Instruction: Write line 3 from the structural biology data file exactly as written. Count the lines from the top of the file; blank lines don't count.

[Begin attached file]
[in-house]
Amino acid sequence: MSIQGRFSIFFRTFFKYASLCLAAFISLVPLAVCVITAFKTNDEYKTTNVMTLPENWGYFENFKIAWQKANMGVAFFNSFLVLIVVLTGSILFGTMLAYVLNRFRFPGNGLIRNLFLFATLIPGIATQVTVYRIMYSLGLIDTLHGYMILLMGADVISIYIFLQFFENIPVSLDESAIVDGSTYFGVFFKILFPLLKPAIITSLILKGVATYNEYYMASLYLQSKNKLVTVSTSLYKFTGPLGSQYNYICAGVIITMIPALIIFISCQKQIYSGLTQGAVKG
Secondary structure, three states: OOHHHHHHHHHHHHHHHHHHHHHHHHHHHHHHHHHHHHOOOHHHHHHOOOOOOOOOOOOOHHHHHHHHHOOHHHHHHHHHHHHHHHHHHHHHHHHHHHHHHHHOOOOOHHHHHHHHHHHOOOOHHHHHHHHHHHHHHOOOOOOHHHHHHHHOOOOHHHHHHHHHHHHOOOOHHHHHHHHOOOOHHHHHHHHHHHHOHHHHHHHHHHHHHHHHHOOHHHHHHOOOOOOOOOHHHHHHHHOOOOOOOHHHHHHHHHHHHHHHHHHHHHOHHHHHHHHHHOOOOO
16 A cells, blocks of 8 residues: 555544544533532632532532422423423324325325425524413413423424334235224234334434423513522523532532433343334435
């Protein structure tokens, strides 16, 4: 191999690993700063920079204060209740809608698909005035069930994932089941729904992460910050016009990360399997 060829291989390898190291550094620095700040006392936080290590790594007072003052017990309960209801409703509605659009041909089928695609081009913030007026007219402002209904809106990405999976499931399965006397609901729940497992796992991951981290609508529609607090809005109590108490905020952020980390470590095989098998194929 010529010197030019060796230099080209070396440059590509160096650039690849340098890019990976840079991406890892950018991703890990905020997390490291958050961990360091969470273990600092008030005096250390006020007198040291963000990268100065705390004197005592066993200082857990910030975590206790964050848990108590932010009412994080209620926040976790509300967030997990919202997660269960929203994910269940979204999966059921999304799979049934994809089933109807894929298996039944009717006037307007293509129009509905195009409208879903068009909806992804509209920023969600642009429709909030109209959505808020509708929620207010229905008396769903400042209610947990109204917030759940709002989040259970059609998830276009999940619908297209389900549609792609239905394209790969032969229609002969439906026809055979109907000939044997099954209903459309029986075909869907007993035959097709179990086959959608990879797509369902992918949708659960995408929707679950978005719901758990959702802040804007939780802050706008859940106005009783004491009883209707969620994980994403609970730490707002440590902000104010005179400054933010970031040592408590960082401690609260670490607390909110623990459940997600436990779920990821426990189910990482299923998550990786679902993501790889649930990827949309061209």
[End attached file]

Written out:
Secondary structure, three states: OOHHHHHHHHHHHHHHHHHHHHHHHHHHHHHHHHHHHHOOOHHHHHHOOOOOOOOOOOOOHHHHHHHHHOOHHHHHHHHHHHHHHHHHHHHHHHHHHHHHHHHOOOOOHHHHHHHHHHHOOOOHHHHHHHHHHHHHHOOOOOOHHHHHHHHOOOOHHHHHHHHHHHHOOOOHHHHHHHHOOOOHHHHHHHHHHHHOHHHHHHHHHHHHHHHHHOOHHHHHHOOOOOOOOOHHHHHHHHOOOOOOOHHHHHHHHHHHHHHHHHHHHHOHHHHHHHHHHOOOOO